During the first half of 2023, vehicle thefts soared while most other crimes declined, according to a new study of crime trends in 37 cities released this week by the Council on Criminal Justice.
Continuing an upward trajectory, motor vehicle thefts have continued to rise since the onset of the pandemic.
Considered a “keystone crime” that facilitates the commission of homicide and other offenses, the report noted, motor vehicle theft rose by 33.5% in the first half of the year, representing 23,974 more stolen vehicles in the 32 cities that reported data.
Seven cities reported an increase of 100 percent or more, led by Rochester, N.Y., (+355%) and Cincinnati (+162%).
The number of vehicle thefts between January and June 2023 was 104.3% higher than during the same period in 2019.
Much of the increase is the result of thefts of Kia and Hyundai models, popular targets for auto thieves.
Robberies, residential burglaries, nonresidential burglaries and larcenies all decreased in the first half of 2023 compared to the first half of 2022, the study found.
Robberies fell by 3.6%, residential burglaries by 3.8%, nonresidential burglaries by 5% and larcenies by 4.1%.
In other findings, gun assaults (-5.6%) and aggravated assaults (-2.5%) fell in the first six months of 2023 compared to the same time frame last year. Drug offenses rose by 1% and domestic violence by 0.3%.
The study found that the number of murders in the first half of 2023 fell by 9.4% compared to the first half of 2022 (a decrease of 202 homicides in those cities).
Twenty of the study cities recorded a decrease in homicides during the first six months of the year, ranging from a 59% drop in Raleigh, N.C., to a 2% drop in Nashville, Tenn.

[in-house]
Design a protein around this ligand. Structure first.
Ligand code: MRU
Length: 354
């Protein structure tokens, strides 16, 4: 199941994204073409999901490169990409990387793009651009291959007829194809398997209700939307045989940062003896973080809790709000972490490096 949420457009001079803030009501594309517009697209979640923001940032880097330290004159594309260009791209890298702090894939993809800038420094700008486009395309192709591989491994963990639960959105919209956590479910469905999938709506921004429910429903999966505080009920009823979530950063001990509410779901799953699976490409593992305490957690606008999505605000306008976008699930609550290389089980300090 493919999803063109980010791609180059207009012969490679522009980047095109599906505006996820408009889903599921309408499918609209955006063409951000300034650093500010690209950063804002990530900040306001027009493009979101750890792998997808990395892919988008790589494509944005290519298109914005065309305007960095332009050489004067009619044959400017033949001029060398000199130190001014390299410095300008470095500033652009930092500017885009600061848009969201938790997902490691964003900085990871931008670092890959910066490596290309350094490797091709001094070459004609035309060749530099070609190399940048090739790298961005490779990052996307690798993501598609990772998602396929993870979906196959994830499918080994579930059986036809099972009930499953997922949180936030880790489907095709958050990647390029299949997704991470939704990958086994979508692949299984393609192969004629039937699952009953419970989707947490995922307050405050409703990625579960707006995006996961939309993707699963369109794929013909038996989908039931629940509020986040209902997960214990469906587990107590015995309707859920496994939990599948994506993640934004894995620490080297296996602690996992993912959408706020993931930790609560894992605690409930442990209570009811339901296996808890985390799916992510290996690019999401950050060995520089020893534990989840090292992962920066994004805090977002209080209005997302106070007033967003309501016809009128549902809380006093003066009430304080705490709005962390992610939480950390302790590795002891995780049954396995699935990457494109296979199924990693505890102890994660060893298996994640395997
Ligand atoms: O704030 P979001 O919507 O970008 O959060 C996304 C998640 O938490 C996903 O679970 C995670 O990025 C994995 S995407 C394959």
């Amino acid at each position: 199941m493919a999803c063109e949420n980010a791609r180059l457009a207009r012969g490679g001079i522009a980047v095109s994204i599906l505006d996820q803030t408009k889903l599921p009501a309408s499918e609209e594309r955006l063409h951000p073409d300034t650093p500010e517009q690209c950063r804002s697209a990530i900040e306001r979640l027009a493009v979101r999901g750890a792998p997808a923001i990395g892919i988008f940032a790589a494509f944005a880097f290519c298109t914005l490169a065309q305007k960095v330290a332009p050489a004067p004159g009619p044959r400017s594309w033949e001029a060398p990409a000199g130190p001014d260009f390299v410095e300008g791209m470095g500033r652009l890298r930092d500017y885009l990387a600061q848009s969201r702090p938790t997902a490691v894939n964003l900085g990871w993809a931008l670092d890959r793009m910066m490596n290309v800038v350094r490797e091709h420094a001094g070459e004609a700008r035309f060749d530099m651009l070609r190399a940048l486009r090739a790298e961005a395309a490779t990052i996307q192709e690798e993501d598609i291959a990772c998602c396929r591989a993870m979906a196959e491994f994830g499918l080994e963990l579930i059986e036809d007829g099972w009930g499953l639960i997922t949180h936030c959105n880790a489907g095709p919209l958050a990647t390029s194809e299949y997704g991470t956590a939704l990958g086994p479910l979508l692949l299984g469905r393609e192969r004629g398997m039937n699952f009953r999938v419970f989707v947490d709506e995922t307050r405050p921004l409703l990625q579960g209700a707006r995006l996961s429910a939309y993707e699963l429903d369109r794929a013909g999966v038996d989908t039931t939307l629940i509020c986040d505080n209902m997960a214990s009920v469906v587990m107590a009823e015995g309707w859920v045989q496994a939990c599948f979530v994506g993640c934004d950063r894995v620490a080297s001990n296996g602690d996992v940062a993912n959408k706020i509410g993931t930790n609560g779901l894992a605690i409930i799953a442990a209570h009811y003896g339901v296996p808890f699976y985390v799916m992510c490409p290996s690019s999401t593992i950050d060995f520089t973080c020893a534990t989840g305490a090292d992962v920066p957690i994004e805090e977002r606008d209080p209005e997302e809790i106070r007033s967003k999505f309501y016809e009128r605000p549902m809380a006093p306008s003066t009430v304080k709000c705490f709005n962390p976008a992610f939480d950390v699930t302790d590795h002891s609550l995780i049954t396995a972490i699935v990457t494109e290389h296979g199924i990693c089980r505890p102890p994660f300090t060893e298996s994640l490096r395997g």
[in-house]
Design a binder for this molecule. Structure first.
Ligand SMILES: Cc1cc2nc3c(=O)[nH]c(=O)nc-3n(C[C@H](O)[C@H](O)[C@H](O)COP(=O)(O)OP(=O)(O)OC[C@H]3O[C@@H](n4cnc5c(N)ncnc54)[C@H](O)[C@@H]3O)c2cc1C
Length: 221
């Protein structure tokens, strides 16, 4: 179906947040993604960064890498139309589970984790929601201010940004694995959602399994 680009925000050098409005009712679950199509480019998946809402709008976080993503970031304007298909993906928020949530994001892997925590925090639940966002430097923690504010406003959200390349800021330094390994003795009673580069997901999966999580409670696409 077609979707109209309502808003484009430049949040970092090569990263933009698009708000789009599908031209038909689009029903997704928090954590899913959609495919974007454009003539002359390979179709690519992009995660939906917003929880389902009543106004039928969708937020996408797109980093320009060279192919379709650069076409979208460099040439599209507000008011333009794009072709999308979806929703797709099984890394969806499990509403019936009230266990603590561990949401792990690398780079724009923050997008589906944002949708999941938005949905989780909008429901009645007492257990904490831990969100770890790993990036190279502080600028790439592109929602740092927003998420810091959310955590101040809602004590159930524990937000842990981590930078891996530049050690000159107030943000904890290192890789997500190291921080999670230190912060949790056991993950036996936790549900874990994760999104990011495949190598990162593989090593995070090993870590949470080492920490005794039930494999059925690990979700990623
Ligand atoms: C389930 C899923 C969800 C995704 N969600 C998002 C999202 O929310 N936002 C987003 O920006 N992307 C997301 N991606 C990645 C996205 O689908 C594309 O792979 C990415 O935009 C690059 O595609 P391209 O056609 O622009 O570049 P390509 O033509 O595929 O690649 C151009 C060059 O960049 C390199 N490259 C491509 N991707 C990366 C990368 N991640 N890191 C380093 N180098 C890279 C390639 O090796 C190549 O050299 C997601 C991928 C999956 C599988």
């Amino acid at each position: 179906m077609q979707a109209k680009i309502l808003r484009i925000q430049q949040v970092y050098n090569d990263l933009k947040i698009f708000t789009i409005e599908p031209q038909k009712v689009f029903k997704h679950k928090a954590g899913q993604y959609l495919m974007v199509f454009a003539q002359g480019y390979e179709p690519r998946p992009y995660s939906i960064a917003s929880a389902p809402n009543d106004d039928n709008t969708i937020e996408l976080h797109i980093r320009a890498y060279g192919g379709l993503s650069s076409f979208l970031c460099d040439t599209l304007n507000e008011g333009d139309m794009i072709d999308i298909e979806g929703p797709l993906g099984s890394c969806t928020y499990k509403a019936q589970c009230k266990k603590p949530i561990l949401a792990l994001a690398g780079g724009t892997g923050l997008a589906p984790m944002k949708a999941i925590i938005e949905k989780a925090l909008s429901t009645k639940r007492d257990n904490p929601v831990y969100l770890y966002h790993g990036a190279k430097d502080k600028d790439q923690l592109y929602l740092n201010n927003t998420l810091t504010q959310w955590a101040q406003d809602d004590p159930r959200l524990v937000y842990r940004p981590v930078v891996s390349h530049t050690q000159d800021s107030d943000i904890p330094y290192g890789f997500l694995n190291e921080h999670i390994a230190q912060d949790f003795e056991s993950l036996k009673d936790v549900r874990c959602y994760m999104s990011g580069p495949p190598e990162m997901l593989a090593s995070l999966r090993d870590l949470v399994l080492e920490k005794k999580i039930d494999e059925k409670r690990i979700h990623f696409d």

Ten cities experienced an increase in homicides, ranging from about 5 percent in Seattle, WA, to 133% in Lincoln, Neb.
Expanding on the analysis of mid-year 2023 trends, the study provides comparisons with offense levels recorded in 2019, before the coronavirus, the killing of George Floyd and the ensuing mass protests over police violence.
Violent crimes remained higher during the first half of 2023 compared to the first half of 2019.
While homicides have gone down from their peak in 2021, levels remained 24% higher than in the first half of 2019, the study noted.
Further analysis indicates that even if homicide rates were to fall back to pre-pandemic levels, the 2019 homicide rate was still 15 percent higher than in 2014, the lowest level recorded since World War II.
Gun assaults (+39%), aggravated assaults (+8%) and robberies (+2%) also remained higher in the first half of 2023 compared to the first half of 2019.
Property crime trends were mixed, according to the study, as motor vehicle thefts (+104.3%) and nonresidential burglaries (+5.1%) were higher in the first half of 2023 compared to the same period in 2019, while drug offenses (-38.7%), residential burglaries (-26%), and larcenies (-7%) were lower.
Inflation, a reduction in prosecuting certain crimes and a return to normalcy after the pandemic could all be contributing factors to the upswing seen in property crimes, the study researchers concluded.
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